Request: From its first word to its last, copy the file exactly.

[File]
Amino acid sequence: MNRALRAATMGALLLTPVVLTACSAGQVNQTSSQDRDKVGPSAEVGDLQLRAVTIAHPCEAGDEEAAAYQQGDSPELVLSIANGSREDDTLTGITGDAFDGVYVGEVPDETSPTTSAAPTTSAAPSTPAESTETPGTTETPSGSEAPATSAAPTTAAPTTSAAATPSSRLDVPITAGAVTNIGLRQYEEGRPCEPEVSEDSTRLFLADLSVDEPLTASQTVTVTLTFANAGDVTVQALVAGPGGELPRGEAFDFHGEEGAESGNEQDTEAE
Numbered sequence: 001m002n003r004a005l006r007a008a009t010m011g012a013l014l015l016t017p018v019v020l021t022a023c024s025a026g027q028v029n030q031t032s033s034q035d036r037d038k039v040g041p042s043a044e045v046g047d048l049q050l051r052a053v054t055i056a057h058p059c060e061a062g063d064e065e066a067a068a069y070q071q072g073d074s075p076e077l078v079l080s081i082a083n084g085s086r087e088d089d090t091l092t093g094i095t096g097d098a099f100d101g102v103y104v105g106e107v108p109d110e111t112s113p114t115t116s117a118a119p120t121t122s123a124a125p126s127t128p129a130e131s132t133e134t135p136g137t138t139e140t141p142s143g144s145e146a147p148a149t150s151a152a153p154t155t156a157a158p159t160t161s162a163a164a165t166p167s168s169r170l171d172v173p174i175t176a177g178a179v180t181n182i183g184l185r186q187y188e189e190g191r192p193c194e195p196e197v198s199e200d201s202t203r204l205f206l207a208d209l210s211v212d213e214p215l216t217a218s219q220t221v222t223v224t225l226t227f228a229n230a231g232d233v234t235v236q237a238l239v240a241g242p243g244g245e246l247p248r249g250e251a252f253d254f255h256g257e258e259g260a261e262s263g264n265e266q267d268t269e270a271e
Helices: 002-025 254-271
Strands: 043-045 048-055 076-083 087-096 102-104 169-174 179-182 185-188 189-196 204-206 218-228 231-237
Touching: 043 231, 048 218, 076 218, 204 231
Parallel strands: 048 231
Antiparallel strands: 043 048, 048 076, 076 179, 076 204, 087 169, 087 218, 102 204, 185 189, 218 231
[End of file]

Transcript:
Amino acid sequence: MNRALRAATMGALLLTPVVLTACSAGQVNQTSSQDRDKVGPSAEVGDLQLRAVTIAHPCEAGDEEAAAYQQGDSPELVLSIANGSREDDTLTGITGDAFDGVYVGEVPDETSPTTSAAPTTSAAPSTPAESTETPGTTETPSGSEAPATSAAPTTAAPTTSAAATPSSRLDVPITAGAVTNIGLRQYEEGRPCEPEVSEDSTRLFLADLSVDEPLTASQTVTVTLTFANAGDVTVQALVAGPGGELPRGEAFDFHGEEGAESGNEQDTEAE
Numbered sequence: 001m002n003r004a005l006r007a008a009t010m011g012a013l014l015l016t017p018v019v020l021t022a023c024s025a026g027q028v029n030q031t032s033s034q035d036r037d038k039v040g041p042s043a044e045v046g047d048l049q050l051r052a053v054t055i056a057h058p059c060e061a062g063d064e065e066a067a068a069y070q071q072g073d074s075p076e077l078v079l080s081i082a083n084g085s086r087e088d089d090t091l092t093g094i095t096g097d098a099f100d101g102v103y104v105g106e107v108p109d110e111t112s113p114t115t116s117a118a119p120t121t122s123a124a125p126s127t128p129a130e131s132t133e134t135p136g137t138t139e140t141p142s143g144s145e146a147p148a149t150s151a152a153p154t155t156a157a158p159t160t161s162a163a164a165t166p167s168s169r170l171d172v173p174i175t176a177g178a179v180t181n182i183g184l185r186q187y188e189e190g191r192p193c194e195p196e197v198s199e200d201s202t203r204l205f206l207a208d209l210s211v212d213e214p215l216t217a218s219q220t221v222t223v224t225l226t227f228a229n230a231g232d233v234t235v236q237a238l239v240a241g242p243g244g245e246l247p248r249g250e251a252f253d254f255h256g257e258e259g260a261e262s263g264n265e266q267d268t269e270a271e
Helices: 002-025 254-271
Strands: 043-045 048-055 076-083 087-096 102-104 169-174 179-182 185-188 189-196 204-206 218-228 231-237
Touching: 043 231, 048 218, 076 218, 204 231
Parallel strands: 048 231
Antiparallel strands: 043 048, 048 076, 076 179, 076 204, 087 169, 087 218, 102 204, 185 189, 218 231